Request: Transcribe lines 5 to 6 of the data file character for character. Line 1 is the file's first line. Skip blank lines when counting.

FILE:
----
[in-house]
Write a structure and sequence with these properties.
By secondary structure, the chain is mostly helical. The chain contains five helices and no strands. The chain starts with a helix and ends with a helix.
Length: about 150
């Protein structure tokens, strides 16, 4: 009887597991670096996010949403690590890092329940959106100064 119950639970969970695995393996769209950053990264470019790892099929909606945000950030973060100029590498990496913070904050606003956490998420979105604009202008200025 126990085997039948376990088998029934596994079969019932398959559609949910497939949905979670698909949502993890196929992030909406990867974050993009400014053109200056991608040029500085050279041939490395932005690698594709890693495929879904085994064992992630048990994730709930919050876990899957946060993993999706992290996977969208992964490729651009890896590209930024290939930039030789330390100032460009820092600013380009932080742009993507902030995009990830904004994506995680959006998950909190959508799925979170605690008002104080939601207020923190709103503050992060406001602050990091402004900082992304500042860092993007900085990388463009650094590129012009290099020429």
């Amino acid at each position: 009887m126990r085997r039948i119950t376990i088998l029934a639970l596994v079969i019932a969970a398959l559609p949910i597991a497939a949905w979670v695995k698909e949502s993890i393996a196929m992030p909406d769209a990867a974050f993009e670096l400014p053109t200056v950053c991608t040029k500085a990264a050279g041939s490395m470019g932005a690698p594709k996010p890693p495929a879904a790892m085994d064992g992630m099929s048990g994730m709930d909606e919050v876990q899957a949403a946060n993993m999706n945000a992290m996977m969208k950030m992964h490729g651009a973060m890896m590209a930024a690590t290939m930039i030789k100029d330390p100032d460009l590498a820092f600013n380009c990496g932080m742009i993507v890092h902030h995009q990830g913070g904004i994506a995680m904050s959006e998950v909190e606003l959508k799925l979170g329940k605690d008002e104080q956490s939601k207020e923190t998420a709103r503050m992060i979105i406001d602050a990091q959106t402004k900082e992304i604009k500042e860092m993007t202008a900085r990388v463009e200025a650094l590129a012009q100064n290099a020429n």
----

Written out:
């Protein structure tokens, strides 16, 4: 009887597991670096996010949403690590890092329940959106100064 119950639970969970695995393996769209950053990264470019790892099929909606945000950030973060100029590498990496913070904050606003956490998420979105604009202008200025 126990085997039948376990088998029934596994079969019932398959559609949910497939949905979670698909949502993890196929992030909406990867974050993009400014053109200056991608040029500085050279041939490395932005690698594709890693495929879904085994064992992630048990994730709930919050876990899957946060993993999706992290996977969208992964490729651009890896590209930024290939930039030789330390100032460009820092600013380009932080742009993507902030995009990830904004994506995680959006998950909190959508799925979170605690008002104080939601207020923190709103503050992060406001602050990091402004900082992304500042860092993007900085990388463009650094590129012009290099020429």
């Amino acid at each position: 009887m126990r085997r039948i119950t376990i088998l029934a639970l596994v079969i019932a969970a398959l559609p949910i597991a497939a949905w979670v695995k698909e949502s993890i393996a196929m992030p909406d769209a990867a974050f993009e670096l400014p053109t200056v950053c991608t040029k500085a990264a050279g041939s490395m470019g932005a690698p594709k996010p890693p495929a879904a790892m085994d064992g992630m099929s048990g994730m709930d909606e919050v876990q899957a949403a946060n993993m999706n945000a992290m996977m969208k950030m992964h490729g651009a973060m890896m590209a930024a690590t290939m930039i030789k100029d330390p100032d460009l590498a820092f600013n380009c990496g932080m742009i993507v890092h902030h995009q990830g913070g904004i994506a995680m904050s959006e998950v909190e606003l959508k799925l979170g329940k605690d008002e104080q956490s939601k207020e923190t998420a709103r503050m992060i979105i406001d602050a990091q959106t402004k900082e992304i604009k500042e860092m993007t202008a900085r990388v463009e200025a650094l590129a012009q100064n290099a020429n």